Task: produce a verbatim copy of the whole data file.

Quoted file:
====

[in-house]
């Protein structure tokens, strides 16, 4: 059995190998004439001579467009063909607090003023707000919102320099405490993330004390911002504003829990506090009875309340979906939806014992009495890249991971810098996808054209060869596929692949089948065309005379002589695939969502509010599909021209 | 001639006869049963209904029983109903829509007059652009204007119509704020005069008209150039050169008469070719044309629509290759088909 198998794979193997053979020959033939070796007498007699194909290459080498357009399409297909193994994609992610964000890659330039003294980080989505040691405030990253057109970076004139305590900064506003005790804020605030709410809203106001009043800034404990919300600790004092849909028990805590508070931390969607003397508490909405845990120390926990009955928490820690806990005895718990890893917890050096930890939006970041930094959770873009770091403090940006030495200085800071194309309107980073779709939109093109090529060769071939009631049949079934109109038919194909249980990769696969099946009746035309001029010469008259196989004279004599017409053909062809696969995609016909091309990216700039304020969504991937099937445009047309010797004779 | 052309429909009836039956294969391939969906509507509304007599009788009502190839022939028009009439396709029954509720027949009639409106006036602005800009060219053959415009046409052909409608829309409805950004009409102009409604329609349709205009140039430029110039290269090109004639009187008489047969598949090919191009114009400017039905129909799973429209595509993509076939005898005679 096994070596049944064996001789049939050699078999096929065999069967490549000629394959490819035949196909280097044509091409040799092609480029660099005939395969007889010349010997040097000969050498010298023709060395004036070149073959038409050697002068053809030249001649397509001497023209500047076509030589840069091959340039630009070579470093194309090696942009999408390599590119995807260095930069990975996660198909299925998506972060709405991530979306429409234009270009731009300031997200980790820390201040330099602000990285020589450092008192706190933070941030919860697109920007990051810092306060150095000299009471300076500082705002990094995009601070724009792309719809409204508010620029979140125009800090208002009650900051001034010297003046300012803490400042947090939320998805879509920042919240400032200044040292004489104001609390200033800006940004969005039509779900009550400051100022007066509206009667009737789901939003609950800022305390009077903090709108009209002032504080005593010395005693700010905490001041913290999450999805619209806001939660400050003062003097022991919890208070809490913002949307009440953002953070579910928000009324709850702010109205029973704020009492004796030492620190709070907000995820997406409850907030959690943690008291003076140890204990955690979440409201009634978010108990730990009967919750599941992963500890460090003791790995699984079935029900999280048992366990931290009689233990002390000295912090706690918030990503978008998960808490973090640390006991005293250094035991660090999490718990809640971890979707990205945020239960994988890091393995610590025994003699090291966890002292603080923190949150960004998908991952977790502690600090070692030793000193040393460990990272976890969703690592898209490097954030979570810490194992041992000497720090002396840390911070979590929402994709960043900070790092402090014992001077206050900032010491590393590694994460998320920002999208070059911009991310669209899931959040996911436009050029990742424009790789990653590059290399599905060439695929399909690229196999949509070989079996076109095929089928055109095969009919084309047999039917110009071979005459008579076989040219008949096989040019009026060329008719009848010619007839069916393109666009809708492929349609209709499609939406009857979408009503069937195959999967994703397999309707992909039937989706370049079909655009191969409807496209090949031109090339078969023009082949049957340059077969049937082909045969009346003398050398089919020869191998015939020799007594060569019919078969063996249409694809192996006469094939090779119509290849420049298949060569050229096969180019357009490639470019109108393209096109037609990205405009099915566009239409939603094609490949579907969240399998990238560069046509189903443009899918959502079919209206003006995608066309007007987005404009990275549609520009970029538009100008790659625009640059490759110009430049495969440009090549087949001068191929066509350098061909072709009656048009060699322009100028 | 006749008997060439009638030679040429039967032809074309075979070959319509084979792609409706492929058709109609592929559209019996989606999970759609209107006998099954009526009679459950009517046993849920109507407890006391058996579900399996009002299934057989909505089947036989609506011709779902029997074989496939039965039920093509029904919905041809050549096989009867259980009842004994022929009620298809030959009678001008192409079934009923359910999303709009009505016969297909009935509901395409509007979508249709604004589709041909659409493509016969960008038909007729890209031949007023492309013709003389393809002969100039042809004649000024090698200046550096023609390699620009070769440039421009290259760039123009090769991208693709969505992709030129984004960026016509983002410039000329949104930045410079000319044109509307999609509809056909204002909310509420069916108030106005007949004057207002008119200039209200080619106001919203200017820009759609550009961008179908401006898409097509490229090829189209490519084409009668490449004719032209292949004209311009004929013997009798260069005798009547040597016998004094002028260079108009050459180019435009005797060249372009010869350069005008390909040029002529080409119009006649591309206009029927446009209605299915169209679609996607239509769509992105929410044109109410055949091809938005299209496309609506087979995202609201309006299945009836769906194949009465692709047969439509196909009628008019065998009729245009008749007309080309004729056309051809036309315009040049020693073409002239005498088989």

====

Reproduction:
[in-house]
């Protein structure tokens, strides 16, 4: 059995190998004439001579467009063909607090003023707000919102320099405490993330004390911002504003829990506090009875309340979906939806014992009495890249991971810098996808054209060869596929692949089948065309005379002589695939969502509010599909021209 | 001639006869049963209904029983109903829509007059652009204007119509704020005069008209150039050169008469070719044309629509290759088909 198998794979193997053979020959033939070796007498007699194909290459080498357009399409297909193994994609992610964000890659330039003294980080989505040691405030990253057109970076004139305590900064506003005790804020605030709410809203106001009043800034404990919300600790004092849909028990805590508070931390969607003397508490909405845990120390926990009955928490820690806990005895718990890893917890050096930890939006970041930094959770873009770091403090940006030495200085800071194309309107980073779709939109093109090529060769071939009631049949079934109109038919194909249980990769696969099946009746035309001029010469008259196989004279004599017409053909062809696969995609016909091309990216700039304020969504991937099937445009047309010797004779 | 052309429909009836039956294969391939969906509507509304007599009788009502190839022939028009009439396709029954509720027949009639409106006036602005800009060219053959415009046409052909409608829309409805950004009409102009409604329609349709205009140039430029110039290269090109004639009187008489047969598949090919191009114009400017039905129909799973429209595509993509076939005898005679 096994070596049944064996001789049939050699078999096929065999069967490549000629394959490819035949196909280097044509091409040799092609480029660099005939395969007889010349010997040097000969050498010298023709060395004036070149073959038409050697002068053809030249001649397509001497023209500047076509030589840069091959340039630009070579470093194309090696942009999408390599590119995807260095930069990975996660198909299925998506972060709405991530979306429409234009270009731009300031997200980790820390201040330099602000990285020589450092008192706190933070941030919860697109920007990051810092306060150095000299009471300076500082705002990094995009601070724009792309719809409204508010620029979140125009800090208002009650900051001034010297003046300012803490400042947090939320998805879509920042919240400032200044040292004489104001609390200033800006940004969005039509779900009550400051100022007066509206009667009737789901939003609950800022305390009077903090709108009209002032504080005593010395005693700010905490001041913290999450999805619209806001939660400050003062003097022991919890208070809490913002949307009440953002953070579910928000009324709850702010109205029973704020009492004796030492620190709070907000995820997406409850907030959690943690008291003076140890204990955690979440409201009634978010108990730990009967919750599941992963500890460090003791790995699984079935029900999280048992366990931290009689233990002390000295912090706690918030990503978008998960808490973090640390006991005293250094035991660090999490718990809640971890979707990205945020239960994988890091393995610590025994003699090291966890002292603080923190949150960004998908991952977790502690600090070692030793000193040393460990990272976890969703690592898209490097954030979570810490194992041992000497720090002396840390911070979590929402994709960043900070790092402090014992001077206050900032010491590393590694994460998320920002999208070059911009991310669209899931959040996911436009050029990742424009790789990653590059290399599905060439695929399909690229196999949509070989079996076109095929089928055109095969009919084309047999039917110009071979005459008579076989040219008949096989040019009026060329008719009848010619007839069916393109666009809708492929349609209709499609939406009857979408009503069937195959999967994703397999309707992909039937989706370049079909655009191969409807496209090949031109090339078969023009082949049957340059077969049937082909045969009346003398050398089919020869191998015939020799007594060569019919078969063996249409694809192996006469094939090779119509290849420049298949060569050229096969180019357009490639470019109108393209096109037609990205405009099915566009239409939603094609490949579907969240399998990238560069046509189903443009899918959502079919209206003006995608066309007007987005404009990275549609520009970029538009100008790659625009640059490759110009430049495969440009090549087949001068191929066509350098061909072709009656048009060699322009100028 | 006749008997060439009638030679040429039967032809074309075979070959319509084979792609409706492929058709109609592929559209019996989606999970759609209107006998099954009526009679459950009517046993849920109507407890006391058996579900399996009002299934057989909505089947036989609506011709779902029997074989496939039965039920093509029904919905041809050549096989009867259980009842004994022929009620298809030959009678001008192409079934009923359910999303709009009505016969297909009935509901395409509007979508249709604004589709041909659409493509016969960008038909007729890209031949007023492309013709003389393809002969100039042809004649000024090698200046550096023609390699620009070769440039421009290259760039123009090769991208693709969505992709030129984004960026016509983002410039000329949104930045410079000319044109509307999609509809056909204002909310509420069916108030106005007949004057207002008119200039209200080619106001919203200017820009759609550009961008179908401006898409097509490229090829189209490519084409009668490449004719032209292949004209311009004929013997009798260069005798009547040597016998004094002028260079108009050459180019435009005797060249372009010869350069005008390909040029002529080409119009006649591309206009029927446009209605299915169209679609996607239509769509992105929410044109109410055949091809938005299209496309609506087979995202609201309006299945009836769906194949009465692709047969439509196909009628008019065998009729245009008749007309080309004729056309051809036309315009040049020693073409002239005498088989």